John 13:34 traces two great movements of grace — ‘just as I have loved you, you also should love one another.’ Jesus calls this his “new commandment.” What makes thisnew? In a nutshell, “Just as I have loved you”
“New” (kainen) implies freshness rather than simply “recent.” The word in the original Koine Greek is ‘kainos.’ It denotes the new primarily in reference to quality, the fresh. Another Greek word ‘neos’ denotes the new primarily in reference to time – recent.
The newness of Jesus’ precept stems from his calling his disciples to love one another just as he loved them! Jesus’ constant, sacrificial and unconditional love must be the pattern for their attitude and relationships with one another.
Words like this from our Savior’s lips caused Albert Einstein to say: “I am a Jew, but I am enthralled by the luminous figure of the Nazarene… No man can read the Gospel without feeling the actual presence of Jesus. His personality pulsates in every word. Jesus is the most merciful, self-giving, and loving person that you could ever meet and know.”
Why does Jesus raise the standard? He knows that we will never rise to fulfill our Lord’s mandate until we grasp how much we are loved by him. Thus, at the outset we are told what this text is about: It is about being loved by Jesus.
Jesus calls all of His disciples to love one another just as He loved them. Thus, a very pertinent question is how did our Savior love His disciples while on earth? How did Jesus love?
How does he love us? Persistently. He had loved them without reservation and without limit (13:1 – He loved them to the end. His love is a persistent love. He doesn’t give up on us.
Sacrificially – laying down one’s life (twice – vv.37&38) … He ‘laid down His life for us’ John 15:12-13 – My command is this: Love each other as I have loved you. Greater love has no one than this, that he lay down his life for his friends.
Unconditionally – Naturally, we love those we find attractive. But who is Jesus loving here in this text? Who are the ones that Jesus is loving in this passage? This original band failed him. They were fickle and cowardly in their devotion to their Lord. This should greatly encourage us because reminds us that there is hope for us.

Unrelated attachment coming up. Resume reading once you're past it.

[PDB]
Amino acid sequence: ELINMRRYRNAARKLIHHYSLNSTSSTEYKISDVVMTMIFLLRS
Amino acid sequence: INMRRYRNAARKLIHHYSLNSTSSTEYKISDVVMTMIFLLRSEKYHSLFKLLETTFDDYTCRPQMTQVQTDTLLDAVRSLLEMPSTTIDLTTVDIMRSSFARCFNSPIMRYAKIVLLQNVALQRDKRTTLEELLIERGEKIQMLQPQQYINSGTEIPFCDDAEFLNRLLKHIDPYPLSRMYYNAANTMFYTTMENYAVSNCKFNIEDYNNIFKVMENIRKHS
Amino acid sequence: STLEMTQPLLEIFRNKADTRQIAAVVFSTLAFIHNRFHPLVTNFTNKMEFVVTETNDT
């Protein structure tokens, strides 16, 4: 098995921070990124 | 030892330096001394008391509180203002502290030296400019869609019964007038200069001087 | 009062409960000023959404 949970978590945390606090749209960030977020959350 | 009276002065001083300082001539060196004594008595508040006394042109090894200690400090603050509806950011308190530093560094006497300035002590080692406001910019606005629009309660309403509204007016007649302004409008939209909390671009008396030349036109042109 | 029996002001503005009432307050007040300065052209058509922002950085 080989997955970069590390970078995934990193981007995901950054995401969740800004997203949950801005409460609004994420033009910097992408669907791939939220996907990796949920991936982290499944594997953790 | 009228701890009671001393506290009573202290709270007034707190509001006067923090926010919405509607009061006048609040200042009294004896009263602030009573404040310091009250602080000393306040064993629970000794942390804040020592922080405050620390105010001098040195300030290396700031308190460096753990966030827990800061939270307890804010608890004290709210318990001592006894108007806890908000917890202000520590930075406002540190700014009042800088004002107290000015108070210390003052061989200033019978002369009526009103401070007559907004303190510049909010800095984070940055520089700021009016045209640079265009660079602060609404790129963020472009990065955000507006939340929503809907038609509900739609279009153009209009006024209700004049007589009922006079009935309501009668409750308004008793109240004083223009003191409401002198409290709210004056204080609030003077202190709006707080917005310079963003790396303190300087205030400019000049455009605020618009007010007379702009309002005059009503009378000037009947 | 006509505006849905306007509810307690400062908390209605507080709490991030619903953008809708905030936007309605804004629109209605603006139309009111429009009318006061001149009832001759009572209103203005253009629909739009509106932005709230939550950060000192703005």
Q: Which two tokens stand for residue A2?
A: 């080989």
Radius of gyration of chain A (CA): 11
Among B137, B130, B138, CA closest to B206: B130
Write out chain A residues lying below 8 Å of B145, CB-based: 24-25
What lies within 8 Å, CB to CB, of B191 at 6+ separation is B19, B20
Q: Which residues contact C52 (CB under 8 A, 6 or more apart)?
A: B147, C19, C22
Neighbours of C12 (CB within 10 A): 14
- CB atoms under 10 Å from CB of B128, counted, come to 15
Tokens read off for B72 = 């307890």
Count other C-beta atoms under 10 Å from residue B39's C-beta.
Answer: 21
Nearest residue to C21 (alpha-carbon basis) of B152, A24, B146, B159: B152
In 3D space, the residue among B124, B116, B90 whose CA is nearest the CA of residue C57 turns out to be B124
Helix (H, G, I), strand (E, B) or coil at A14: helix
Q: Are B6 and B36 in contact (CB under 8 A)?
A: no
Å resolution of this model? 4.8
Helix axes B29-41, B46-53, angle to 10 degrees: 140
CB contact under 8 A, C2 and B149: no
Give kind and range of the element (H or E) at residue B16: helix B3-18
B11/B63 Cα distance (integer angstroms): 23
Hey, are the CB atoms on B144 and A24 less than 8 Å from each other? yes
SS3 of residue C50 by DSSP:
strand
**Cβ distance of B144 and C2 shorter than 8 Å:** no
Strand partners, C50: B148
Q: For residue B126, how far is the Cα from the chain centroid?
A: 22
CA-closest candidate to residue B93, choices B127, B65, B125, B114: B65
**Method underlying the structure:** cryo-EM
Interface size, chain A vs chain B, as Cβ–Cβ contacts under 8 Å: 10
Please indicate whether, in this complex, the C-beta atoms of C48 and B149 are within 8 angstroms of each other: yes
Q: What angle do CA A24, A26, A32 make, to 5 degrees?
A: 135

Thus, how are we to love one another? Persistent, sacrificial and unconditional love for one another is the distinguishing trait of the Christian.
QUESTION: Where am I sacrificing time, talent, and treasure to care for the physical, moral and spiritual well being of others? Such self-sacrificing love shown by his followers would be the witness to the world of true discipleship.
The adapted quote below from Matthew Henry takes this command of Jesus out of the realm of mere sentimentality and speaks of this command in a challenging, practical, and helpful way.
- He spoke kindly to them. Gentle answer…Patient and kind.
- He concerned himself diligently for them, and for their welfare,
- He instructed, counseled, and comforted them,
- He prayed with and for them…
- He vindicated them when they were accused…
- He publicly owned them to be dearer to him that his mother, or sister, or brothers.
- He reproved them for what was amiss…He truthed them in love.
- He compassionately bore with their failings. He doesn’t take into account a wrong suffered… A helpful illustration of this comes from the movie Invictus: The captain rugby player for South African’s spring box marvels that Nelson Mandela could be imprisoned for 30 years in a small cell and come out ready to forgive those who put him there and not be embittered.
- He believed the best about them,
- He passed by many an oversight. Love covers a multitude of sins.
- BUT the special instance of love for us which he was now about to give was when He laid down his life for us on Calvary’s cross.
Friends, we must all honestly admit that we cannot love one another in the way and manner that Jesus loved us. BUT, His Holy Spirit comes to empower us to do that which is humanly impossible… to love one another persistently, sacrificially, and unconditionally by faith.
Too often, I find that something else fuels and energizes us in our efforts to love our Savior and His people. Look again at Peter in vv.36-38. Peter was initially fueled and energized by a fleshly self-reliance rather than the Lord’s love for him. Like Peter, we are all prone to talk big about loving the Lord and one another. You can almost hear Jesus’ loving rebuke of Peter: Will you really lay down your life for me? You who trembled to walk upon the water to me. You who when I spoke of my sufferings cried out ‘far be it from you Lord!’ At the end of the night, Peter had failed at love. Even still, he was not snatched from the grasp of His loving shepherd (John 10:28) and neither will you!
The burden of Jesus in John 13:34 is that you personally experience His love. If you do, you will extend His love to others. A community founded on the love of Christ has no other purpose for existence that to extend His love to others.